12 Things Wrong With Online Publishing (and How It Makes Writers’ Lives Harder)

It’s not all bad … but a lot of it’s pretty bad, sometimes.

I’ve worked in online publishing for long enough to both appreciate its benefits and loathe its drawbacks. I’m grateful for it — it’s because of it that I can afford to eat and work on my own projects outside normal business hours. I’d recommend the industry to anyone who wants to be a writer.

But there is nothing about it that’s “easier” than more traditional methods like working for a newspaper or selling a book with the help of a literary agent. Self-publishing, freelance writing, and the like are so common now that the same problems arise on the internet — and some unique ones, too.

1. Sometimes it feels like if you don’t stay “relevant” on social media, no one will buy/read your stuff.

2. It often prioritizes quantity over quality.

3. You don’t have to be good at writing to make money writing … which isn’t always fair for people who are good at writing.

4. People without degrees sometimes miss out, and people with degrees sometimes feel like they wasted their time.

5. It creates the false belief that “anyone can do it” but doesn’t tell you how to do the work to make it happen.

6. Ads. Ads. So many ads. People hate ads, yet they don’t want to pay money to read an article.

7. There are a lot of people who don’t want to pay writers what they’re worth — or anything at all.

8. Readers also take free content for granted and aren’t readily willing to pay creators for their hard work.

9. So sometimes writers resort to cheap methods to get clicks (think “clickbait”).

10. It’s oversaturated. Everyone is trying to do the exact same thing you are at the exact same time.

11. And many writing jobs are given to those willing or able to work for less than the average U.S. minimum wage.

12. There aren’t online support groups for struggling writers … or are there? ;)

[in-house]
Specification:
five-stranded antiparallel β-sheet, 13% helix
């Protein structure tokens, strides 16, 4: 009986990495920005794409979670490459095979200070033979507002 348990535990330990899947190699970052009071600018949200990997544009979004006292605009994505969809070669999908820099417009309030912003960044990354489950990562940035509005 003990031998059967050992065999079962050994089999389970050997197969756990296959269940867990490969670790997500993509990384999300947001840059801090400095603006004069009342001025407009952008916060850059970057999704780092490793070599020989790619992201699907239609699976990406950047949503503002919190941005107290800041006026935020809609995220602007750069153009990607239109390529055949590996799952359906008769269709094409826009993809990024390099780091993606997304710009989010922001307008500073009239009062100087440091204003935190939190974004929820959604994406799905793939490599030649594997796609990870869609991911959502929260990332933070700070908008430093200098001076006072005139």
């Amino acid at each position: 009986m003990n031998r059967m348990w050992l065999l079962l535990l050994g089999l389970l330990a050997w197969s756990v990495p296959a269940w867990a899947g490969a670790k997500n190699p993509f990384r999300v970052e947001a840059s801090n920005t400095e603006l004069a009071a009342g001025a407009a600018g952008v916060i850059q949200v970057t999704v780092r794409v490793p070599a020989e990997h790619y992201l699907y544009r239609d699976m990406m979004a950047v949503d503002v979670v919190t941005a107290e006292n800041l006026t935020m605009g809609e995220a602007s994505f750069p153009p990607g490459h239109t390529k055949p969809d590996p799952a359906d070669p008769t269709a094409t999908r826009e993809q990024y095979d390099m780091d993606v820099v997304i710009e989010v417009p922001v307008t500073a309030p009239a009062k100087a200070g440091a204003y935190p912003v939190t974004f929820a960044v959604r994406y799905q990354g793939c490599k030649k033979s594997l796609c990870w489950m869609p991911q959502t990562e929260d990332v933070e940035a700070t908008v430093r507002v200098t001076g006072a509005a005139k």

Meg is the creator of Novelty Revisions, dedicated to helping writers put their ideas into words. She is a staff writer with The Cheat Sheet, a freelance editor and writer, and a 10-time NaNoWriMo winner. Follow Meg on Twitter for tweets about writing, food and nerdy things.


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11 thoughts on “12 Things Wrong With Online Publishing (and How It Makes Writers’ Lives Harder)

  1. I self published two books in the past two months using KDP and am currently trying to make a living as a writer. While I know the road is filled with other people with the same dreams and aspirations as me, I feel it is so important for me to focus on what I can control in the process. And I am learning that is simply writing everyday, improving everyday, and learning everyday. It is like starting an excercise program, if I go into it with a goal to lose 15lbs I will quit when I reach my goal, but if I go after living and being the healthiest I can be for the rest of my life, well then I will probably drop the weight and live a pretty healthy life. I can not come to the page with fear of a lack of work or readers, I have to come to the page because it is what I love to do. Thank you for the article. I love reading new information about the journey I am on.